Daimler posts $1.51B loss in second-quarter

July 29, 2009 7:43:03 AM PDT
Germany's Daimler AG said Wednesday that it lost euro1.06 billion ($1.51 billion) in the second quarter as the recession hurt car and truck sales and the company took charges related to its stake in Chrysler. But the company saw signs of a turnaround and its shares rose. The loss in the April-June period compared with a profit of nearly euro1.3 billion a year earlier. Analysts surveyed by Thomson Reuters had expected a net loss of euro1.5 billion.

Despite the third quarterly loss in a row, the company predicted a "gradual improvement" in its operating profit in the coming months. The news helped push Daimler shares up 5.3 percent to euro31.67 in Frankfurt trading.

Sales fell 25 percent to euro19.6 billion in the quarter compared with euro26 billion last year, below the euro20 billion that analysts had forecast, a stark reminder of the bleak landscape that car makers worldwide face amid the economic crisis. The company's truck business, the world's largest by sales, saw unit sales fall 60 percent.

Stuttgart-based Daimler, whose brands include Mercedes-Benz, Maybach and Smart, said sales across all of its units, including luxury cars, vans, trucks and buses slid 31 percent in second quarter compared to last year with just 391,500 sold worldwide.

Looking ahead to the end of 2009, the automaker said that total sales were likely to "decrease significantly" from last year when it sold 2.1 million vehicles.

Despite that, Chief Executive Dieter Zetsche told a conference call of analysts and reporters that "sales are stabilizing on the low level and there are signs of a ... turnaround."

Bernstein Research analyst Max Warburton, in a research note, said Daimler's results suggest it could be profitable again by the fourth quarter, which, "should reassure investors that we are past the trough for Daimler and the sector."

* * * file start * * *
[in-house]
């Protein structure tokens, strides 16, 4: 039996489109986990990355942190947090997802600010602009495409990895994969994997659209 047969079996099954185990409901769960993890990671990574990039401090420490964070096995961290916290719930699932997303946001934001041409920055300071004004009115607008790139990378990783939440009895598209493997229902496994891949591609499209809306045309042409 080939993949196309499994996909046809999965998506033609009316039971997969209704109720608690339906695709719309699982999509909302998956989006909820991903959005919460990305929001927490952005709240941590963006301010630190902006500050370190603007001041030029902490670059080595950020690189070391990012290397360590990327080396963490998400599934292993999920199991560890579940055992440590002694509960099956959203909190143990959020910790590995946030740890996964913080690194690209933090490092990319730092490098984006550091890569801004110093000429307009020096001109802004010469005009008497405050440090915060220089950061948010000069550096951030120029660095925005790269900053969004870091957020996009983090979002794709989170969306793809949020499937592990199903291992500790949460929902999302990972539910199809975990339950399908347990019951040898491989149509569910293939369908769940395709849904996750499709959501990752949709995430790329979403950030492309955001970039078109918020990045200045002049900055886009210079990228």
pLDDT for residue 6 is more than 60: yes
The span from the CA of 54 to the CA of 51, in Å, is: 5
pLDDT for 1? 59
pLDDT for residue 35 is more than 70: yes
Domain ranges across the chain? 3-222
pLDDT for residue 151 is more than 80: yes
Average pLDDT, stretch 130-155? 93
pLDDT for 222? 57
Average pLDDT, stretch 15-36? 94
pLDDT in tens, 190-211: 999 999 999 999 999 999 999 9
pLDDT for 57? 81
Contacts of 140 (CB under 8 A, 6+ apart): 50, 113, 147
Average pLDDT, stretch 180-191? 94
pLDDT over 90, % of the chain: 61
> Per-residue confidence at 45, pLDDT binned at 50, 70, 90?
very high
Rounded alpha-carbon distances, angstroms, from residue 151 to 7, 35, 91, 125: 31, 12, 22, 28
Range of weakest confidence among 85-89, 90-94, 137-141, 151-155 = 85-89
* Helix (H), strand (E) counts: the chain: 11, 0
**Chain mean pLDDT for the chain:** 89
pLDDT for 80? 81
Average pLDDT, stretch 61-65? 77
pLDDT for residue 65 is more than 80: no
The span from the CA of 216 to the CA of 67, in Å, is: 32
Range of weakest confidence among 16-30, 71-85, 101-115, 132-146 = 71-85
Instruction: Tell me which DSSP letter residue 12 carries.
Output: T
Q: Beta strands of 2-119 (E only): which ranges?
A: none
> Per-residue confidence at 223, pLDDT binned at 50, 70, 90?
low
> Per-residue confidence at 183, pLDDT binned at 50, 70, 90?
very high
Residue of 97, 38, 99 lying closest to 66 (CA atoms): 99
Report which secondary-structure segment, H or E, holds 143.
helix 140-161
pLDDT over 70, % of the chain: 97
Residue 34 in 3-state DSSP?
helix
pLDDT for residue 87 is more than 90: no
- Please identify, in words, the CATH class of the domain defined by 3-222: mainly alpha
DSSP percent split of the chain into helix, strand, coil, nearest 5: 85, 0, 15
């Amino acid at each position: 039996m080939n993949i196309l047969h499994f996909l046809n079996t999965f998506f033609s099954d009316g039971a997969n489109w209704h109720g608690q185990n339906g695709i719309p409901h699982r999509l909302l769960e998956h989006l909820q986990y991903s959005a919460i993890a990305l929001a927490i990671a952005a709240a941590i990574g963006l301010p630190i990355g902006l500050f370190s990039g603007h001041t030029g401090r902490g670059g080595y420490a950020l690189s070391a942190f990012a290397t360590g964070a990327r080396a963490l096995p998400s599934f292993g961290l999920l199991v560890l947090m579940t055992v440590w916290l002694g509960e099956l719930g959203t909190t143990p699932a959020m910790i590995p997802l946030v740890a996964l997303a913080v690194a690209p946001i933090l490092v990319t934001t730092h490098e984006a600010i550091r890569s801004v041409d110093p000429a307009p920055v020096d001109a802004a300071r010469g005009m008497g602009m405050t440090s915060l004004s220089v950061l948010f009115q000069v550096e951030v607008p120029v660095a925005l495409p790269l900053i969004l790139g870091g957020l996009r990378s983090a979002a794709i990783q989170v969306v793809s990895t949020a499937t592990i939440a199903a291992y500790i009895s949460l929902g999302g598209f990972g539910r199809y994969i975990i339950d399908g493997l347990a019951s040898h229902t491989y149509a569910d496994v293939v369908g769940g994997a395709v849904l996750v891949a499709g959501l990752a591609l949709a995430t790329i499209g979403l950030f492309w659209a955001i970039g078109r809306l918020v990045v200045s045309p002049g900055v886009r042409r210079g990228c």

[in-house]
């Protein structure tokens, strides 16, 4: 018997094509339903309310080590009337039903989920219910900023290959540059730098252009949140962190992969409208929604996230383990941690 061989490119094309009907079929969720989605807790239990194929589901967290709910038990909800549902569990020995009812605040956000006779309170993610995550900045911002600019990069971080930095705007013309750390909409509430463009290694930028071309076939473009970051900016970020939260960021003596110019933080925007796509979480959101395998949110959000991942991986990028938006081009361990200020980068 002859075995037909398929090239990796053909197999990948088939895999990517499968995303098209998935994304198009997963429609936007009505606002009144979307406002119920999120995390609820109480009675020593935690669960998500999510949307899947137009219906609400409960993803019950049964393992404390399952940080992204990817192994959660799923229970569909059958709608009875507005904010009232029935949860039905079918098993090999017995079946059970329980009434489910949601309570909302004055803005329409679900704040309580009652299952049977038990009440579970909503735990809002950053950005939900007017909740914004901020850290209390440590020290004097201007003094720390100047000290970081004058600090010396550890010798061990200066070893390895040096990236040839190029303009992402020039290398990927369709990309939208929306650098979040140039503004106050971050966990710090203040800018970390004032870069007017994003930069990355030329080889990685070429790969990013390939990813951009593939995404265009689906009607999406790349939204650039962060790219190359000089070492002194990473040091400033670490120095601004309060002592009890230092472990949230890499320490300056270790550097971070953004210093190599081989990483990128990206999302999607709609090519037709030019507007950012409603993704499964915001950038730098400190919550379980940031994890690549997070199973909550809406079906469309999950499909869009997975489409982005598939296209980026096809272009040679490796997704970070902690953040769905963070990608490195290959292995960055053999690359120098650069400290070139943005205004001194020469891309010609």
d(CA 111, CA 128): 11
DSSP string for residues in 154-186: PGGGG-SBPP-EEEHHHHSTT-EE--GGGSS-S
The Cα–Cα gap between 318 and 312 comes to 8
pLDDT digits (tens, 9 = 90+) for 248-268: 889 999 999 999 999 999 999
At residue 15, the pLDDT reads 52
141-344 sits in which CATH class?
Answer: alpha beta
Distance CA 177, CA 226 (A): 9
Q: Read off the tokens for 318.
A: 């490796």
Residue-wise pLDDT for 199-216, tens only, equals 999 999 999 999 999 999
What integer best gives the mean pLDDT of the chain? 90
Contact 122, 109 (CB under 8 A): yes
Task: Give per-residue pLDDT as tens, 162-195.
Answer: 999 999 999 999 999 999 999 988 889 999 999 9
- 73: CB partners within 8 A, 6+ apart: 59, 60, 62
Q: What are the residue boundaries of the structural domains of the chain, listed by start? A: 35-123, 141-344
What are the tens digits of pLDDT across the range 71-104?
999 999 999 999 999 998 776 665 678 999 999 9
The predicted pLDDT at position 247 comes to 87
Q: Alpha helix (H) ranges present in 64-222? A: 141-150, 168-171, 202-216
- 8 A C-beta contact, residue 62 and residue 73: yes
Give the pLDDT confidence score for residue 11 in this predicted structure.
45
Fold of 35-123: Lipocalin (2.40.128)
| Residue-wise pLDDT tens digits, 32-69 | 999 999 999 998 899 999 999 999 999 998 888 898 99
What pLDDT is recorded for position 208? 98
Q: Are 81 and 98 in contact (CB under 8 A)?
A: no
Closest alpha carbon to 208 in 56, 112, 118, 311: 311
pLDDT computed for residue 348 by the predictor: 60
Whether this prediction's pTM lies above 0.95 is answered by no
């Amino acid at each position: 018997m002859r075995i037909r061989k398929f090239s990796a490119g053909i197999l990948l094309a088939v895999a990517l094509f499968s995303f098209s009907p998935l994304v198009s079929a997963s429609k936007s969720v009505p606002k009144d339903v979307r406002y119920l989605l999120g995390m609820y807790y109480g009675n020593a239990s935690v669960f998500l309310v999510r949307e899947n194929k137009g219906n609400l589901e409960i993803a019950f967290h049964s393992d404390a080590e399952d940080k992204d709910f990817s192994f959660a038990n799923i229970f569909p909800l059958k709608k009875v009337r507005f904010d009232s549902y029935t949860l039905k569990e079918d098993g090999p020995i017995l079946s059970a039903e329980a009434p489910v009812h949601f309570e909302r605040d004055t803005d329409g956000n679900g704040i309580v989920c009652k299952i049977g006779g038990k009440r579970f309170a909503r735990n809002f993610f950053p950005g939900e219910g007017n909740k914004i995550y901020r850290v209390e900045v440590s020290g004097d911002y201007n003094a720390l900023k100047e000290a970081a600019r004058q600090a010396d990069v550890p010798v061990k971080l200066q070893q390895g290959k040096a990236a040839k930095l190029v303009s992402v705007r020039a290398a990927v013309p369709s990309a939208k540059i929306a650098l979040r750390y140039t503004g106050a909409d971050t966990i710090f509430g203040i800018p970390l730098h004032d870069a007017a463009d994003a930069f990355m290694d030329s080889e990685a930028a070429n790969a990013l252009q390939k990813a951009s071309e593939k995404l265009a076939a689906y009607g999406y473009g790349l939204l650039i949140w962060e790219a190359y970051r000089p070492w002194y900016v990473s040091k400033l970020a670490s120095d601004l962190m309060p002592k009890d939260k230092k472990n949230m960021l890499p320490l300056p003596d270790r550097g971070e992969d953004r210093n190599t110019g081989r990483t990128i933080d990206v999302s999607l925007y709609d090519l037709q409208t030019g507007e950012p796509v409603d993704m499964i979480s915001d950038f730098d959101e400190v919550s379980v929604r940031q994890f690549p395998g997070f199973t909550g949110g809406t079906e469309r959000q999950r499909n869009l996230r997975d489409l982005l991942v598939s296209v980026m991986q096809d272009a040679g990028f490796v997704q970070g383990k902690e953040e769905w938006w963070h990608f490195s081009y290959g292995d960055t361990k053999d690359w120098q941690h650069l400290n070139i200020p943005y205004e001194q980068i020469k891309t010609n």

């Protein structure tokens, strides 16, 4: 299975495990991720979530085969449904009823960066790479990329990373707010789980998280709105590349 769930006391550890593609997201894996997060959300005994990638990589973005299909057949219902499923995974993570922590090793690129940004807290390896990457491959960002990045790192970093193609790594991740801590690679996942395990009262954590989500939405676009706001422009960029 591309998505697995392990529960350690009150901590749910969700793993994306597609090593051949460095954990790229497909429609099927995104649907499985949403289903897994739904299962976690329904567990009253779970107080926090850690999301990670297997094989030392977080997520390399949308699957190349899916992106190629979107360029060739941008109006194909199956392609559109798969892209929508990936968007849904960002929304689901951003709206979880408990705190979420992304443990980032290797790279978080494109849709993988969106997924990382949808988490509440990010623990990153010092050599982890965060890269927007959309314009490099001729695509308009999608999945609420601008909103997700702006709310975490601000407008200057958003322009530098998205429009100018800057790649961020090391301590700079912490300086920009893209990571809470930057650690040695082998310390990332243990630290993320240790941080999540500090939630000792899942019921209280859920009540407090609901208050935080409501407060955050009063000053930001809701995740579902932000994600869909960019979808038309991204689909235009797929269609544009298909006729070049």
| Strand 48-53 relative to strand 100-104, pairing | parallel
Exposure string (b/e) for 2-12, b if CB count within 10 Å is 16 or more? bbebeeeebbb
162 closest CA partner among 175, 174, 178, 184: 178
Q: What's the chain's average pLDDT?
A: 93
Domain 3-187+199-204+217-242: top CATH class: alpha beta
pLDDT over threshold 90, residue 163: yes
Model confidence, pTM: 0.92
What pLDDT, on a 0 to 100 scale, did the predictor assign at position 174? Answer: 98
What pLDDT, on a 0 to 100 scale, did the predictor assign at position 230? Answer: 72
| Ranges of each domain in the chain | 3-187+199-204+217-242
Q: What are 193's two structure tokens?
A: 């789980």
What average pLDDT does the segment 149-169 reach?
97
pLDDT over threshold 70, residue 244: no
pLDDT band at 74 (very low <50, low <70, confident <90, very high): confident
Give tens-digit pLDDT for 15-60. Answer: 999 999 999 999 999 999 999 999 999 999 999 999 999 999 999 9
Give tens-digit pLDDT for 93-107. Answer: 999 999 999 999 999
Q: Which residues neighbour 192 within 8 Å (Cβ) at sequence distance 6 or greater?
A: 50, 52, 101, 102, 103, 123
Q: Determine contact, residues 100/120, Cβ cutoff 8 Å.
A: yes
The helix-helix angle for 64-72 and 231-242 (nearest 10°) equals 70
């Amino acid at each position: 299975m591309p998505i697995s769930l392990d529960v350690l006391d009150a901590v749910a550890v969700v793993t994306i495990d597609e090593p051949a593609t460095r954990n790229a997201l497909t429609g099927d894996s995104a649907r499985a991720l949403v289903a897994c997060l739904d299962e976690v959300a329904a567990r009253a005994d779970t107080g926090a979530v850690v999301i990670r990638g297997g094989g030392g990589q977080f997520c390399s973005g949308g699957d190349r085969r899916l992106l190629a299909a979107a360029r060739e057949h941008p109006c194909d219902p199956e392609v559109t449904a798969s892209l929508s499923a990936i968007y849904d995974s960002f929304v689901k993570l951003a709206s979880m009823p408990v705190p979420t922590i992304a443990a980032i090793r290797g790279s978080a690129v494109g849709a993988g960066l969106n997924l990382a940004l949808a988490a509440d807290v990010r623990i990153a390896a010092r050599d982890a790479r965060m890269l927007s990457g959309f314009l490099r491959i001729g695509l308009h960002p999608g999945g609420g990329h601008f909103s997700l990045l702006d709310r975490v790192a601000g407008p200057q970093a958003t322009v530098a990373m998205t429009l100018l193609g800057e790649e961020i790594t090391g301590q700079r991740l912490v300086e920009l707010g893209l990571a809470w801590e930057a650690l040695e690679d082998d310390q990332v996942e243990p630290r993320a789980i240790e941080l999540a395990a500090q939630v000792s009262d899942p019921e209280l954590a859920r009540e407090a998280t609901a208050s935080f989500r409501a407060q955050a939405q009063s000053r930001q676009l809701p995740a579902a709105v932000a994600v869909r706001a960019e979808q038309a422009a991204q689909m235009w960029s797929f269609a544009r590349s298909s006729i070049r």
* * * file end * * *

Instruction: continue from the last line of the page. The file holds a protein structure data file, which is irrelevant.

Other factors that weighed on profits included its relinquishing a 19.9 percent equity stake in Chrysler Group LLC effective June 3.

Daimler will take euro387 million in expenses related to the stake during the second quarter. Chrysler restructured in bankruptcy court and emerged in an alliance with Italy's Fiat SpA.

However, Daimler said the effects were partially offset by a transfer of charges in stock in aerospace concern EADS NV which saw it gain euro35 million.

Daimler's trucks unit saw its second-quarter revenue fell to euro4.2 billion from euro7.4 billion a year ago. The truck business pretax loss was euro508 million compared with a profit of euro608 million last year, with factors including the restructuring of the North American truck business.

The truck division's unit sales decreased by almost 60 percent to 54,100 units for the quarter, but Daimler said its market share increased in nearly all its major markets.

Daimler is the world's biggest truckmaker by sales with brands including Mercedes, Freightliner and Fuso.

The Mercedes-Benz Cars division saw unit sales fall 19 percent to 287,200 cars for the quarter compared with 354,000 last year. However, Daimler said the second quarter's deliveries improved by 24 percent over the first quarter, indicating the sales skid may have bottomed out.

That put second quarter revenues for the cars division at euro10.6 billion compared with near euro13 billion in the year-ago quarter, an 18 percent decline.

The company said the cars division's pretax loss was euro340 million compared with a profit of euro1.2 billion a year earlier.

From January to June, the company lost euro2.3 billion compared with a profit of euro2.7 billion last year while sales slipped 23 percent to euro38.3 billion compared with euro50 billion in the first six months of 2008.

Daimler said however, that its efforts to cut costs and optimize operations showed positive effects during the April-June period and first six months.

Daimler enacted shorter work schedules for some of its production to respond to the lower demand during the first half of the year, for example. Some of those programs have been scaled back, while some remain in place.


Frey reported from Frankfurt.


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